Equations (1) and (2) are solved pseudospectrally using a parallelized code Gomez et al. (2005, 2005); Mininni et al. (2011) dealiased with the -rule. Second-order Runge-Kutta is used to evolve the equations in time. Since long integrations are needed (in many cases simulations were continued for over 6000 turnover times), linear spatial resolution is in all cases. To compare with experiments, time series of the three Cartesian components of the velocity and the magnetic fields at the three points indicated in Fig. 2 are recorded with high cadence. Also, time series of the amplitude and phase of each Fourier mode in spectral space are stored, to be able to identify the modes responsible for long-term behavior. Note that with the spatial resolution considered here, magnetic Reynolds numbers similar to the ones in the experiments are easily reproduced. However, the mechanical Reynolds numbers in the experiments are out of reach for even the largest resolutions we could attain in simulations, and those resolutions would preclude the long time integrations considered in this study.

Figure 3: Numerical simulations of Taylor-Green MHD induction. Top: Power spectrum of the temporal fluctuations of the axial velocity at point 1 (light gray dashed line) and of the axial induced magnetic field (dark gray solid line) in the numerical simulations at low magnetic Prandtl number ( and low interaction parameter . Frequency axis has been normalized by the forcing frequency . The global energy level of the spectra has been arbitrarily set to make them coincide for . Bottom: Power spectrum of the amplitude of Fourier mode of (dark gray solid line), and of Fourier mode of (light gray dashed line). In both panels, several slopes reported before in the VKS and VKG experiments are shown as references, although we are mostly interested in the behavior for .

The strategy used in the simulations is as follows. The mechanical force is turned on at from the flow at rest, and the Navier-Stokes equations (with the and fields set to zero) are advanced for over 6000 turnover times (a turbulent steady state is reached shortly after 10 turnover times). Time series of the velocity are then used for the analysis of noise in hydrodynamic flows (as well as to compare with the equally long simulations with a weak imposed magnetic field). Later, the last state of the hydrodynamic flow is used to start two different sets of simulations: one in which a uniform magnetic field is imposed, and one in which and an initially small magnetic seed is amplified until an MHD steady regime is reached. The former is intended to mimic induction experiments with a transverse magnetic field in VKG, while the latter is intended to mimic dynamo experiments in VKS. In both cases the systems are integrated for over turnover times. The magnetic Prandtl number in induction simulations is and the interaction parameter is adjusted by setting such that . In dynamo simulations as a larger magnetic Reynolds number is needed to sustain magnetic fields Ponty et al. (2005); Mininni et al. (2005). The mechanical Reynolds number is fixed in all simulations, and is .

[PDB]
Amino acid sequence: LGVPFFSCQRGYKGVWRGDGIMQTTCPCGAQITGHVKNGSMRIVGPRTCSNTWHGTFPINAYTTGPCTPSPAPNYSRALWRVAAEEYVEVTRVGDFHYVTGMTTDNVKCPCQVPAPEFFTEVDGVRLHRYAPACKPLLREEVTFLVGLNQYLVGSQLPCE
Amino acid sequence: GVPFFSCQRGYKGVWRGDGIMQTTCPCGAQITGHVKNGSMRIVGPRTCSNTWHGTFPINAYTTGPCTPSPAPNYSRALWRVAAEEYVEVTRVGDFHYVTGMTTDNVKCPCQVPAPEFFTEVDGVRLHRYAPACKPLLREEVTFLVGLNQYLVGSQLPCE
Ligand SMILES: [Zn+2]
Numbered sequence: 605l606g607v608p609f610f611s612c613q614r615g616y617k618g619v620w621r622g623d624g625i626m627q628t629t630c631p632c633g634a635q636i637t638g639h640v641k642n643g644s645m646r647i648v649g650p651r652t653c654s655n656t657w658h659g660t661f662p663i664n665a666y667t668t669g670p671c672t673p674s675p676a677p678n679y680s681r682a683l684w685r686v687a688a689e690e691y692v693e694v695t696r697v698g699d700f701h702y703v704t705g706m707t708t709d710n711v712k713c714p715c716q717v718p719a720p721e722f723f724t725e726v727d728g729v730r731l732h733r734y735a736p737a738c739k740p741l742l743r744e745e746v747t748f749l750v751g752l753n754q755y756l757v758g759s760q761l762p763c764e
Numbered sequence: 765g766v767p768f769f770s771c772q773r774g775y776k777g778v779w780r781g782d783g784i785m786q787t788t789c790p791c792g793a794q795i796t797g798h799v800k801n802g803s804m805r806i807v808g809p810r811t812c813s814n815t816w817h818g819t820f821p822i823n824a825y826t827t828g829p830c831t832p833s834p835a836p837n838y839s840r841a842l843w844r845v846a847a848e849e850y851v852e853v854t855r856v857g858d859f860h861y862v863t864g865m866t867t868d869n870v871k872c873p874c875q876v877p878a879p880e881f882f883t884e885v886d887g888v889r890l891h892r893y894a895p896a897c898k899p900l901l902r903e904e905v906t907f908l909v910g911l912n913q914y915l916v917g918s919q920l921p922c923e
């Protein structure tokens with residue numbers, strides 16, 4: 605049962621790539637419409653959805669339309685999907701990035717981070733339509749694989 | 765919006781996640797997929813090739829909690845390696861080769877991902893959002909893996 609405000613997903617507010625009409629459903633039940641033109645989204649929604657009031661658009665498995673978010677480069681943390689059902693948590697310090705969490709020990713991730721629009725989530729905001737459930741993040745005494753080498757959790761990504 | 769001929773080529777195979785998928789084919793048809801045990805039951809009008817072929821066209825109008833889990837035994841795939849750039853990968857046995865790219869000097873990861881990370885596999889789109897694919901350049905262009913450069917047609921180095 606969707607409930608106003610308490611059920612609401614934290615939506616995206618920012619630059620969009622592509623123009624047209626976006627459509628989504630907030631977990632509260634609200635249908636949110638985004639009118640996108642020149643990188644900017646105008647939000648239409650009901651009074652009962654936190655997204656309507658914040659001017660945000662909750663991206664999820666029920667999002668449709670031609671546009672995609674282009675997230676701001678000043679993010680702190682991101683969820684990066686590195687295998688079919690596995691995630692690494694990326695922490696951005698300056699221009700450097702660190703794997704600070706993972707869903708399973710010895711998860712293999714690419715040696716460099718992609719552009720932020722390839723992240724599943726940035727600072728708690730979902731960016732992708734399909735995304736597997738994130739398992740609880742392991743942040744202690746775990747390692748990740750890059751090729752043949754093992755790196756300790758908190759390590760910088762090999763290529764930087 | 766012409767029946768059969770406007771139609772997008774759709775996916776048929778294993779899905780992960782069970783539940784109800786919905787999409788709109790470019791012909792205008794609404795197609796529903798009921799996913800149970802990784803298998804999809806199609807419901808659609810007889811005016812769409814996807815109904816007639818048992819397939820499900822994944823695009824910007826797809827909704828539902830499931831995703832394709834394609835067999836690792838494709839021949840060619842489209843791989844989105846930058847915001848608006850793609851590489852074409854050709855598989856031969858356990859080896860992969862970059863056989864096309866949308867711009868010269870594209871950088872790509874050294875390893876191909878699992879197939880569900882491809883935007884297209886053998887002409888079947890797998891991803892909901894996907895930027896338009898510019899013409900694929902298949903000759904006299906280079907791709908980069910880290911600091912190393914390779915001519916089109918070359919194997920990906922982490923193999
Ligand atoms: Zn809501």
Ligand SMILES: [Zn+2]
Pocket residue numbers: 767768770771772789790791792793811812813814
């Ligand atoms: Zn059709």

Figure 4: Experiments of MHD induction in VKG flow. Power spectrum of the axial velocity (light gray dashed line) and of the induced axial magnetic field in VKG experiment with a weak imposed transverse magnetic field. Frequency axis has been normalized by the forcing frequency taken as the rotation rate of the impellers (10 Hz for the shown experiment). The global energy level of the spectra has been arbitrarily set to make them coincide for . Several slopes are shown as references.
Figure 5: Experiments vs. simulations (induction case): comparison of the spectra of the induced magnetic field in figures 3 (simulation) and 4 (experiment). The total energy level has been arbitrarily set to make both spectra coincide at . Slopes are shown as references. Measurements from the simulation and the experiment agree remarkably well except for very low frequencies.

Iii Hydrodynamic turbulence and low induction

When the imposed magnetic field is weak enough that it can be considered a passive vector, time series of the velocity field measured in the experiments and simulations at any of the points indicated in Figs. 1 and 2 do not show clear long-term behavior or noise, as it can be seen for instance from the dashed lines in Fig. 3 (top) and 4, which represent the kinetic spectra for the simulation and the experiment respectively. A relatively clear inertial range of time scales, consistent with a classical Kolmogorov spectrum is present, but no significant long term dynamics is observed at low frequencies, and the spectra flatten rapidly below the forcing frequency (in the experiment is taken as , the rotation rate of the impellers, while in the simulation is determined as , where is the forcing scale and is the root mean square of the turbulent velocity fluctuations).